You’ve probably heard of a catalytic converter — it’s that thing in your car’s exhaust pipe that transforms nasty, unburnt hydrocarbons into less toxic emissions.
But not many of us would know that the origins of our catalytic converters are bedded in one of the most violent chapters of Earth’s history: when our young planet was under intense bombardment by huge asteroids.
Catalytic converters are made from platinum-group metals — the rarest metals on our planet, and they have an extra-terrestrial origin.
OK, back up. What are platinum-group metals?
The platinum-group metals — platinum, palladium, rhodium, iridium, osmium, ruthenium and rhenium — are the seven rarest metals found on the surface of our planet.
Together, they make up about 0.0000002 per cent or 0.2 millionths of the Earth’s crust.
These metals, which we’ll call PGMs for short, are prized not just for their scarcity but because of their exceptional catalytic properties and their resistance to chemical corrosion and heat.
And their demand is expected to grow in the coming years with the rise of clean energy technologies and the growing need for things like desalination plants.
And what does that have to do with asteroids?
Around 4 billion years ago, Earth had recently formed a solid crust and some primitive oceans and was about 40 degrees Celsius hotter than today.
At the time, it was under cataclysmic bombardment from space rocks.
We aren’t talking about a few falling stars, or even a couple of meteor showers, but a torrent of 50-kilometre-wide asteroids hitting our planet as often as once a century.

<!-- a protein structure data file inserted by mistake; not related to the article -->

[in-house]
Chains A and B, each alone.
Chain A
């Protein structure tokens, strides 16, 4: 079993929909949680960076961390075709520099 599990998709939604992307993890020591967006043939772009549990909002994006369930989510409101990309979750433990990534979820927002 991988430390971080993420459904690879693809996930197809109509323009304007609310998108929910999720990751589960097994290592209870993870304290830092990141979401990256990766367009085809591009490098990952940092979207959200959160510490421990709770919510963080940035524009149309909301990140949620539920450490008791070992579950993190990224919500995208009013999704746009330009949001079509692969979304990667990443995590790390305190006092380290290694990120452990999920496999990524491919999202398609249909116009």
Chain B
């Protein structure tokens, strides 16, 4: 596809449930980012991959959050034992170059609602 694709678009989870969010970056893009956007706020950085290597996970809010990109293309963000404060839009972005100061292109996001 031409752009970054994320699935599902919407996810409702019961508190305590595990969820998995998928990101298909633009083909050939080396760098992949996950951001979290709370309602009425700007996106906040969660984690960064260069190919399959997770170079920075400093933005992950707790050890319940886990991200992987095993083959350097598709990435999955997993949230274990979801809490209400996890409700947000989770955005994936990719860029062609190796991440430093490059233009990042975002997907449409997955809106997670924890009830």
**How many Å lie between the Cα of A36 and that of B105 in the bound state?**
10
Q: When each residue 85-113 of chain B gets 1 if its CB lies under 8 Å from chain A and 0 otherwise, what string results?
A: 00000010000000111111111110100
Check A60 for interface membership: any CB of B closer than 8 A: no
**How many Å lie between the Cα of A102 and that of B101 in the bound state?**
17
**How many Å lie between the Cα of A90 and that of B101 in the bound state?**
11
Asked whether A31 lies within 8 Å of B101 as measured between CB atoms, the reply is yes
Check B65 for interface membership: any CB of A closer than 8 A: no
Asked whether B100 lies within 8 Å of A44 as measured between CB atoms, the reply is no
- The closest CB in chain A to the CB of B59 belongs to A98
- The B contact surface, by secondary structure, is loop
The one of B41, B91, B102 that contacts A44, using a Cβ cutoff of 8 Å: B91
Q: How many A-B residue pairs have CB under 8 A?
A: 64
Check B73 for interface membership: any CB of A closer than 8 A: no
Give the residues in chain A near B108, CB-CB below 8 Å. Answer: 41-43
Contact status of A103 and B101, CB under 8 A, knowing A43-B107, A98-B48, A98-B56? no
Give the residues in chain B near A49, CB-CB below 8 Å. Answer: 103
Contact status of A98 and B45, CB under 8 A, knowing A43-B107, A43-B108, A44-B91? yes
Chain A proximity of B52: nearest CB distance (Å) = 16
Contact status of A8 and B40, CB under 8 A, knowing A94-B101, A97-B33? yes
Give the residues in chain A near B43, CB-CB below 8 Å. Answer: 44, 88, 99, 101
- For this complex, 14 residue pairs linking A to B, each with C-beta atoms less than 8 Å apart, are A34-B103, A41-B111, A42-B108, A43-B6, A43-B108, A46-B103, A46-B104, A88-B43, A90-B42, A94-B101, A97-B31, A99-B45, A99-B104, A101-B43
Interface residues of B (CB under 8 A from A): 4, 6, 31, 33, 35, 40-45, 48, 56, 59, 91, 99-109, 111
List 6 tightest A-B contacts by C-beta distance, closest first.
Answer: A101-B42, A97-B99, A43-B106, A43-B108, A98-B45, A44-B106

For reference, that’s roughly the same size as the asteroid that wiped out the dinosaurs hitting the Earth about once per human lifetime.
Some of these asteroid impacts were so violent they could have vaporised the early seas back into the atmosphere.
And they continued to pummel the Earth for a few hundred million years, bringing with them a precious cargo: platinum-group metals.
If they were pummelling the Earth, where did all the PGMs go?
As you’ve probably noticed, the surface of our planet is not littered with 50km-wide asteroids.
About half a billion years later, after the meteorite bombardment had calmed down, Earth “hit puberty” with the onset of plate tectonics.
Plate tectonics are the huge slabs of Earth’s crust that fit together like a jigsaw puzzle floating on the mantle.
Where those puzzle pieces collide, especially where one piece is denser than the other, the dense one is usually pushed down into the mantle.
Where they pull apart, molten lava forges its way to the surface, cools and forms new land.
Since the earliest formation of plate tectonics, the surface of our planet has been almost entirely recycled back into the mantle, taking the PGMs with it.
Once down there, the PGMs formed alloys with iron and nickel and rained down through the mantle to our dense core.
So how are there PGMs on the surface?
While there are still some PGMs down in our mantle, they have an extremely high melting point and need to be superheated to enter the magma and make their way to the surface.